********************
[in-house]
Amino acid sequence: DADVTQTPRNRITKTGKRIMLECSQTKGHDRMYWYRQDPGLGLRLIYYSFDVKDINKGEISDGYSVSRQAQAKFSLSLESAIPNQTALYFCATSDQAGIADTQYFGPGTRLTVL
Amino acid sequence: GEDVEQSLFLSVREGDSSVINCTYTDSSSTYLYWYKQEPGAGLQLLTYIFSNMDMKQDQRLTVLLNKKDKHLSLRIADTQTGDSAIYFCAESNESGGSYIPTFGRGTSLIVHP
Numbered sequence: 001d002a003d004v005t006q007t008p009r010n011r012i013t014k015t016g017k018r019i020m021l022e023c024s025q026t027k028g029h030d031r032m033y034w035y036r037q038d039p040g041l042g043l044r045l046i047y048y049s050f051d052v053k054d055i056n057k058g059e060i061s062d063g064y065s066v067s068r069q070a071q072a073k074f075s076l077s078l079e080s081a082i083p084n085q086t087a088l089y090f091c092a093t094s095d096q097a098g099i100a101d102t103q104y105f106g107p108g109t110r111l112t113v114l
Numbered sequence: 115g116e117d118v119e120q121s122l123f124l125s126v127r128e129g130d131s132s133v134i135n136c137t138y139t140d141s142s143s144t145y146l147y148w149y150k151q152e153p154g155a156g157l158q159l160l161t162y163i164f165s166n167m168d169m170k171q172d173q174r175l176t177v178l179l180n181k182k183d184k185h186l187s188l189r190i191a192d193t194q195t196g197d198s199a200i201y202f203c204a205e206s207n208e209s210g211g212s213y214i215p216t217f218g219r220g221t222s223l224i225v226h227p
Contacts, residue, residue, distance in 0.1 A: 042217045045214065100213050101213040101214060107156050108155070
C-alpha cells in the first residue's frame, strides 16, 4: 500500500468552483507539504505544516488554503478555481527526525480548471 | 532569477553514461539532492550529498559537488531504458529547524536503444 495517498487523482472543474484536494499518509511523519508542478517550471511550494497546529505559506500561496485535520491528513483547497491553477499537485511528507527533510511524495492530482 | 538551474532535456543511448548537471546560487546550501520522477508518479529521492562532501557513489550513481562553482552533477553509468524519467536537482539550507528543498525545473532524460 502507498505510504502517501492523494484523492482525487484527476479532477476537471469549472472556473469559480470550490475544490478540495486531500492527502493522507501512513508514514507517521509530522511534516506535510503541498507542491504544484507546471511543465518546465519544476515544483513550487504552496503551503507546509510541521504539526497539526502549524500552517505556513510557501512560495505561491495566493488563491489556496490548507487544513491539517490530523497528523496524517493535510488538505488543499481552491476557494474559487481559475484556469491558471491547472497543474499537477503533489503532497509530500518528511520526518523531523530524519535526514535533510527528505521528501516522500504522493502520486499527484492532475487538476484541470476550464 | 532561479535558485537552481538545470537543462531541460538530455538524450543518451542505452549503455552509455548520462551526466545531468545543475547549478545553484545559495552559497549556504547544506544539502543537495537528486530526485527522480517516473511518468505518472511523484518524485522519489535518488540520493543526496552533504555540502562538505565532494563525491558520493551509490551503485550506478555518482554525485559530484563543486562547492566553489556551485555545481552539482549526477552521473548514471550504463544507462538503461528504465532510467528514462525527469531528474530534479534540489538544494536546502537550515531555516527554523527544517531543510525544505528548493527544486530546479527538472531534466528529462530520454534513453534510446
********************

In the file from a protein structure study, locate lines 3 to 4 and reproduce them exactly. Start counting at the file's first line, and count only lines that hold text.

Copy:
Amino acid sequence: GEDVEQSLFLSVREGDSSVINCTYTDSSSTYLYWYKQEPGAGLQLLTYIFSNMDMKQDQRLTVLLNKKDKHLSLRIADTQTGDSAIYFCAESNESGGSYIPTFGRGTSLIVHP
Numbered sequence: 001d002a003d004v005t006q007t008p009r010n011r012i013t014k015t016g017k018r019i020m021l022e023c024s025q026t027k028g029h030d031r032m033y034w035y036r037q038d039p040g041l042g043l044r045l046i047y048y049s050f051d052v053k054d055i056n057k058g059e060i061s062d063g064y065s066v067s068r069q070a071q072a073k074f075s076l077s078l079e080s081a082i083p084n085q086t087a088l089y090f091c092a093t094s095d096q097a098g099i100a101d102t103q104y105f106g107p108g109t110r111l112t113v114l